The Dark Side of YouTube Politics

March 30, 2010
By | 4 Comments

The 2006 and 2008 election cycles suggested a new day was dawning for citizen engagement with politics via Internet-circulated video. In 2006, Senator George Allen was caught on video spewing racial hatred to his rural Virginia constituents. When this “Macaca” video was posted to YouTube, the seeds to Allen’s downfall were planted. In 2008, an array of citizen videos concerning the campaign appeared on YouTube, many that were highly creative. They injected the language of irony and satire into the realm of what had become, in the television era, banal political speech dominated by focus-group tested messages crafted by professional spin doctors. What is more, YouTube served as an archive where citizens could search and retrieve these messages at will. It seemed that citizen-generated video might invigorate the electorate and give a new charge to democratic participation.

But as with most new technological advances, there is a looming dark side. And in this instance, it seems that Michael Moore’s chickens have come home to roost. The political right is increasingly using Moore’s guerilla video tactics of confronting public figures and recording their responses for public display. As with Michael Moore, the goal has little to do with conversation, discussion, or debate, and more to do with public embarrassment and the advancement of one’s own thesis. It is a form of street theatre. It is also typically a full-frontal assault on truth.

Bill O’Reilly’s producers have been doing this for well over a year. Anti-Acorn advocates were successful at it. Now we see a Republican entrepreneur and right-wing functionary named Jason Mattera doing the same. He runs his own website, and uses these guerilla video confrontations with numerous Democratic political figures to promote himself and his book Obama Zombies: How the Liberal Machine Brainwashed My Generation (published through Simon & Schuster, no less) via YouTube and other sites.

The latest video making the rounds is Mattera’s confrontation with Senator Al Franken about the health care bill, including a supposed section that allots $7 billion for jungle gyms. The provision, of course, says nothing of the sort, but instead says that (as Media Matters reports in its “fact checking” of Mattera) “entities receiving grants may use them toward activities such as ‘creating healthier school environments, including increasing healthy food options, physical activity opportunities, promotion of healthy lifestyle…and activities to prevent chronic diseases.’”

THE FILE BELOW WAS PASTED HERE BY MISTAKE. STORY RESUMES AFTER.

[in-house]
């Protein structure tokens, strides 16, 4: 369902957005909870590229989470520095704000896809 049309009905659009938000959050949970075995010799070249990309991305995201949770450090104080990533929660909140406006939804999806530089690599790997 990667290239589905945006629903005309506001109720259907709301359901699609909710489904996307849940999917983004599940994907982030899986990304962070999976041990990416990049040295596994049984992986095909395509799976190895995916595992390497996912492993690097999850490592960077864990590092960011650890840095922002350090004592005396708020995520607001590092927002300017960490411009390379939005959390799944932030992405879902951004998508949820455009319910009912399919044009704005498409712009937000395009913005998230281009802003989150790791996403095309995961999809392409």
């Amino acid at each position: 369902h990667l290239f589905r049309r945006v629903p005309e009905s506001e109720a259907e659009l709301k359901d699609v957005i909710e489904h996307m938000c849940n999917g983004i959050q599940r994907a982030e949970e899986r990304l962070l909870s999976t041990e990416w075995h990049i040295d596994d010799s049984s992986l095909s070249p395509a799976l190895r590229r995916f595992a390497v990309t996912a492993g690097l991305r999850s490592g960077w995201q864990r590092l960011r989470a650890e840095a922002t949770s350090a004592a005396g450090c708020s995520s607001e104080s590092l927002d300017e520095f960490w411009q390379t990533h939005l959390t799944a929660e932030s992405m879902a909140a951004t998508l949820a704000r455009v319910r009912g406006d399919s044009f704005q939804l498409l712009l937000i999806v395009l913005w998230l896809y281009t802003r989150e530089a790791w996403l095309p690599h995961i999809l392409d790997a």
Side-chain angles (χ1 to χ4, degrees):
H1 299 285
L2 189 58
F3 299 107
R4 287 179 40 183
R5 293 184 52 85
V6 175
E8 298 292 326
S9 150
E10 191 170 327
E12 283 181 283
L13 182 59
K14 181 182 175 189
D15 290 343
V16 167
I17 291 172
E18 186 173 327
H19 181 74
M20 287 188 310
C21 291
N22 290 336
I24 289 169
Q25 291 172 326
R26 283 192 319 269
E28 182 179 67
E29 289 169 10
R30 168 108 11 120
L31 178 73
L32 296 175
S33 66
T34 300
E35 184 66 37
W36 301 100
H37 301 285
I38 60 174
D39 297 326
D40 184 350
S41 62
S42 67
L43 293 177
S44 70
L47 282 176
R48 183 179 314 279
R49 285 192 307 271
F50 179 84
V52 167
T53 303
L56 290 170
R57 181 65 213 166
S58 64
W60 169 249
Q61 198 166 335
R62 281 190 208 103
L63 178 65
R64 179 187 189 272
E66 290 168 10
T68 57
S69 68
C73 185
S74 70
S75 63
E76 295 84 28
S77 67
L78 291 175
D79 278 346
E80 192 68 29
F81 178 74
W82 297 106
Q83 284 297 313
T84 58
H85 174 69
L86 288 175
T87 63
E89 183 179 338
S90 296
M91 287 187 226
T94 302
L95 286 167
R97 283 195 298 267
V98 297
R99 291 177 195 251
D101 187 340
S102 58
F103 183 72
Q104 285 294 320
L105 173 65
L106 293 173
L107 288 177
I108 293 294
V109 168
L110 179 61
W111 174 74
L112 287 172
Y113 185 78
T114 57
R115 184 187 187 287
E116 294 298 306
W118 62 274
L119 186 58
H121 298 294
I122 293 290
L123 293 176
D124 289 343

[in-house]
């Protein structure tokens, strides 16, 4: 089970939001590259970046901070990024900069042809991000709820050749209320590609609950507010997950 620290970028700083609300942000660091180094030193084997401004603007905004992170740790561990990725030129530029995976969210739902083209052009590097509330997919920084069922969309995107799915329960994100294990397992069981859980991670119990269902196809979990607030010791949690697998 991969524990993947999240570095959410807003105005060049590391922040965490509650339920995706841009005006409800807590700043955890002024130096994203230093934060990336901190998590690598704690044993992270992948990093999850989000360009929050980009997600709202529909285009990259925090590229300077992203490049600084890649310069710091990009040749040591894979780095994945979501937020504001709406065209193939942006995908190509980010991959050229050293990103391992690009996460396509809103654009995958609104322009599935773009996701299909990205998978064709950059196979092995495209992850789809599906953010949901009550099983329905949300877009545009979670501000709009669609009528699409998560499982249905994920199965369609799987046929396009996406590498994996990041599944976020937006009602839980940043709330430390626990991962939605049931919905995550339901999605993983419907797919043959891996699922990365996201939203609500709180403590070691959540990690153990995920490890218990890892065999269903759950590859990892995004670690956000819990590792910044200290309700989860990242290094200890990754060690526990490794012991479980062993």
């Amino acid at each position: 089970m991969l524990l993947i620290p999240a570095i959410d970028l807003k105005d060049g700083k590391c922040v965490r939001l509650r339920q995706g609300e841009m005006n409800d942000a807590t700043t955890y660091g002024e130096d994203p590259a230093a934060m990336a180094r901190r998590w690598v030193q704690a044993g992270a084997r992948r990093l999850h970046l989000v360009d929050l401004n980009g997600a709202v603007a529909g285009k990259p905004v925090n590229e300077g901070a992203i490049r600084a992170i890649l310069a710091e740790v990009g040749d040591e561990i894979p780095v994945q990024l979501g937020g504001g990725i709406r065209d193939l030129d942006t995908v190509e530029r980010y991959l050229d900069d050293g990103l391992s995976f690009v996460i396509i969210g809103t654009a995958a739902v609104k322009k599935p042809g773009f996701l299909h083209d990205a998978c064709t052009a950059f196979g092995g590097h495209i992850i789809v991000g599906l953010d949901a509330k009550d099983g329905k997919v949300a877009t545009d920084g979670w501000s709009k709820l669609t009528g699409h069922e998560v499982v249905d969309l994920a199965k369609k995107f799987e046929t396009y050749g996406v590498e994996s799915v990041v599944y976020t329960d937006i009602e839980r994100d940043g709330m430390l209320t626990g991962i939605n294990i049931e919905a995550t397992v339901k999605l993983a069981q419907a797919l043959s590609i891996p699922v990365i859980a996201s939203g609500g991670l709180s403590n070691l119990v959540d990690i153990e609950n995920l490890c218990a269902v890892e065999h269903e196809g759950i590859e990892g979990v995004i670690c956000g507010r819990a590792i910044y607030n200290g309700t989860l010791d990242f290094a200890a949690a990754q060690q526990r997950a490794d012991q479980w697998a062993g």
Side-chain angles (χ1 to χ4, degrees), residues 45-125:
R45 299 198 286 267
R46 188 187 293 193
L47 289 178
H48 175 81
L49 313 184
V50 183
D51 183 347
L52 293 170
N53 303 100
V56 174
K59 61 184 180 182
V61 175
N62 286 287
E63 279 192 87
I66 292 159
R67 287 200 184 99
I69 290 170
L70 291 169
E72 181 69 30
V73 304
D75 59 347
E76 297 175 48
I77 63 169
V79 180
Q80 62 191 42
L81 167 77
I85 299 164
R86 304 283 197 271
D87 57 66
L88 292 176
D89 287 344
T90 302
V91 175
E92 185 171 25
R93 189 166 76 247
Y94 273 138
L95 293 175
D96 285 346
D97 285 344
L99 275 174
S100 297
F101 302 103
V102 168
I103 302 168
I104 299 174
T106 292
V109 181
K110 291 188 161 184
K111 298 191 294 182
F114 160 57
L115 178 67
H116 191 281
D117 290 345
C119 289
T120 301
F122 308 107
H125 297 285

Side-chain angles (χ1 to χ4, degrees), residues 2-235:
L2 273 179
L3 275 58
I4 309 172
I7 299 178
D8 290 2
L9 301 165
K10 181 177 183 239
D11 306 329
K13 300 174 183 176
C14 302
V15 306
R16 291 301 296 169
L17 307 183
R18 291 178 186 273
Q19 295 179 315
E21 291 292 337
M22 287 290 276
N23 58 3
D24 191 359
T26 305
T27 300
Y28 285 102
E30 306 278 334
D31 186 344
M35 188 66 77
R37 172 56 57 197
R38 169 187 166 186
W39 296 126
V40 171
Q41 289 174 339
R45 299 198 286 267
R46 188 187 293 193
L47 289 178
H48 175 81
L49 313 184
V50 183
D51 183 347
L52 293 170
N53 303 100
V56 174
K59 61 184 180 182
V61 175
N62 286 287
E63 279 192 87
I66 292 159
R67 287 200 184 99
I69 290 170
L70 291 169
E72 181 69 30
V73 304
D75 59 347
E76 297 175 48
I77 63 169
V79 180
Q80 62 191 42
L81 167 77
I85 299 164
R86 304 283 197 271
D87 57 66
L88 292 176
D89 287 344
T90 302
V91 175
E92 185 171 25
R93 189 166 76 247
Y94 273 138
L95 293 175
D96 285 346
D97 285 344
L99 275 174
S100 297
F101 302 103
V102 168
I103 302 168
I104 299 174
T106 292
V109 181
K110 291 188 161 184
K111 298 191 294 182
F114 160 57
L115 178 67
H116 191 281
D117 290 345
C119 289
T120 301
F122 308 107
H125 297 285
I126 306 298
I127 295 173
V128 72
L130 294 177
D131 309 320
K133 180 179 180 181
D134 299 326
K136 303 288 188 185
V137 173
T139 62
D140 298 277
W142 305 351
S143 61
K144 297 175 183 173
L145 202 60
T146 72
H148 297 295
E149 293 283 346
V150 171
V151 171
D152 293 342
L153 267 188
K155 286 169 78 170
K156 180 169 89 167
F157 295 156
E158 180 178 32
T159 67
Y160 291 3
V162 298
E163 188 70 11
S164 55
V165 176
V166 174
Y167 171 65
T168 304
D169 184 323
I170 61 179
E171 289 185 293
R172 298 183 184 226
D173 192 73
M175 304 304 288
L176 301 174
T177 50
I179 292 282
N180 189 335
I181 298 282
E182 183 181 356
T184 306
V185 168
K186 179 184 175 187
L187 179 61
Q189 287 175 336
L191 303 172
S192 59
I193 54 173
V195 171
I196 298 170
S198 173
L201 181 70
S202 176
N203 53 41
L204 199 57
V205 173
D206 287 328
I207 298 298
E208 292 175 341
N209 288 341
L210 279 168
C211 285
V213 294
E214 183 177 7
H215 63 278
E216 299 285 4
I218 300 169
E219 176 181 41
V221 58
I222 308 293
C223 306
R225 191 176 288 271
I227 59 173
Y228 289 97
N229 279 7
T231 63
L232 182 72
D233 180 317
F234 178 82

The dark side of all this, it seems to me, is how little truth matters when it comes to visual rhetoric. Mattera has constructed what elsewhere I have called a “believable fiction” or what Farhad Manjoo calls “true enough.” It may not say jungle gyms explicitly, but that is what it means, so it might as well say jungle gyms, Mattera asserts. Stephen Colbert, of course, calls this “truthiness.” Whatever we call it, it is a clear example of how truth really doesn’t matter in such videos—it is the performance of truthiness that triumphs. The Democrats in the videos are made to look stupid, arrogant, or elitist, while Mattera comes across as the brave citizen “speaking truth to power” or doing the job an investigative reporter would do if the media weren’t so liberal.

Given that the political right has demonstrated a willingness to believe almost anything (i.e., death panels, fake birth certificates claims, Obama as the anti-Christ), we should probably pause to reflect on the potential damages that will arise in the days and years ahead from this conjunction of supposed indexical “proof” with a certain section of the electorate’s will to truthiness. Visual rhetoric, as manifest in political videos such as this, is revisiting the dark side. Let’s look for a new hope in the foreseeable future.